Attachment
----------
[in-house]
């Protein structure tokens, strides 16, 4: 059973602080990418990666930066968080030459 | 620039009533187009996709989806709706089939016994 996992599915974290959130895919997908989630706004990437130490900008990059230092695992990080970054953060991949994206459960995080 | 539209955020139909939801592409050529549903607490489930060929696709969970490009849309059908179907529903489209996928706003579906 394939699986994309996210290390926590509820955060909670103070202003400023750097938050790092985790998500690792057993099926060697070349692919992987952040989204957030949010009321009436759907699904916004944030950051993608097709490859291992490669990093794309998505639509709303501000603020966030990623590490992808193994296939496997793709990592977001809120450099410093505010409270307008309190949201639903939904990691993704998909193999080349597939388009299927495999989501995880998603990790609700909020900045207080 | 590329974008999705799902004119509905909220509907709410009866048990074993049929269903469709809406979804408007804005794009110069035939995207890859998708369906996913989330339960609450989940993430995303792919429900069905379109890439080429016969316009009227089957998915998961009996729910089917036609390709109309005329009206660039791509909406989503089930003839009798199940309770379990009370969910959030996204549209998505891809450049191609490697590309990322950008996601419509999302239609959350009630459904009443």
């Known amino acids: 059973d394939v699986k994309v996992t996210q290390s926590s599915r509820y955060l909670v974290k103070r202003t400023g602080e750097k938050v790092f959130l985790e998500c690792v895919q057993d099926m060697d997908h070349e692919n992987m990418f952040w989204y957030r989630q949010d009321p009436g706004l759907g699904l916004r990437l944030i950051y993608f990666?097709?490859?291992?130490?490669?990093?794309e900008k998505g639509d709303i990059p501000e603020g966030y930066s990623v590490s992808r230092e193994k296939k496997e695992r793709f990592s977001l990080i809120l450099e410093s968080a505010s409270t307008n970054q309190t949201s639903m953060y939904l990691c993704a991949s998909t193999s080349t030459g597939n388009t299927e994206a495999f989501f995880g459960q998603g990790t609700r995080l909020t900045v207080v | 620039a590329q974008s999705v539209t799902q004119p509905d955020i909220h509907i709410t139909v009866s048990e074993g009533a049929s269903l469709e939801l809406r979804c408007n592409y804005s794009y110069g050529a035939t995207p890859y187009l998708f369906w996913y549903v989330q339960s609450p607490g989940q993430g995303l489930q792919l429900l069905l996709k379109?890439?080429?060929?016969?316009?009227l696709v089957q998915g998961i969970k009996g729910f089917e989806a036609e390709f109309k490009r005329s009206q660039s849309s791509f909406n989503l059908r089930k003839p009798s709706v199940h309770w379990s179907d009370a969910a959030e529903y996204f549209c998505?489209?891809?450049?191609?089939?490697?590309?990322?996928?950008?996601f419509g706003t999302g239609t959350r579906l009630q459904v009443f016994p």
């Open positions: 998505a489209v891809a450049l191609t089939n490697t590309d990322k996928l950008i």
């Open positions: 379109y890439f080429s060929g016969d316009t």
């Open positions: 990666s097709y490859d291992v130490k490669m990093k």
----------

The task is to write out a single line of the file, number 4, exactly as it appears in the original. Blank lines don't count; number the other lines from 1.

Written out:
């Open positions: 998505a489209v891809a450049l191609t089939n490697t590309d990322k996928l950008i």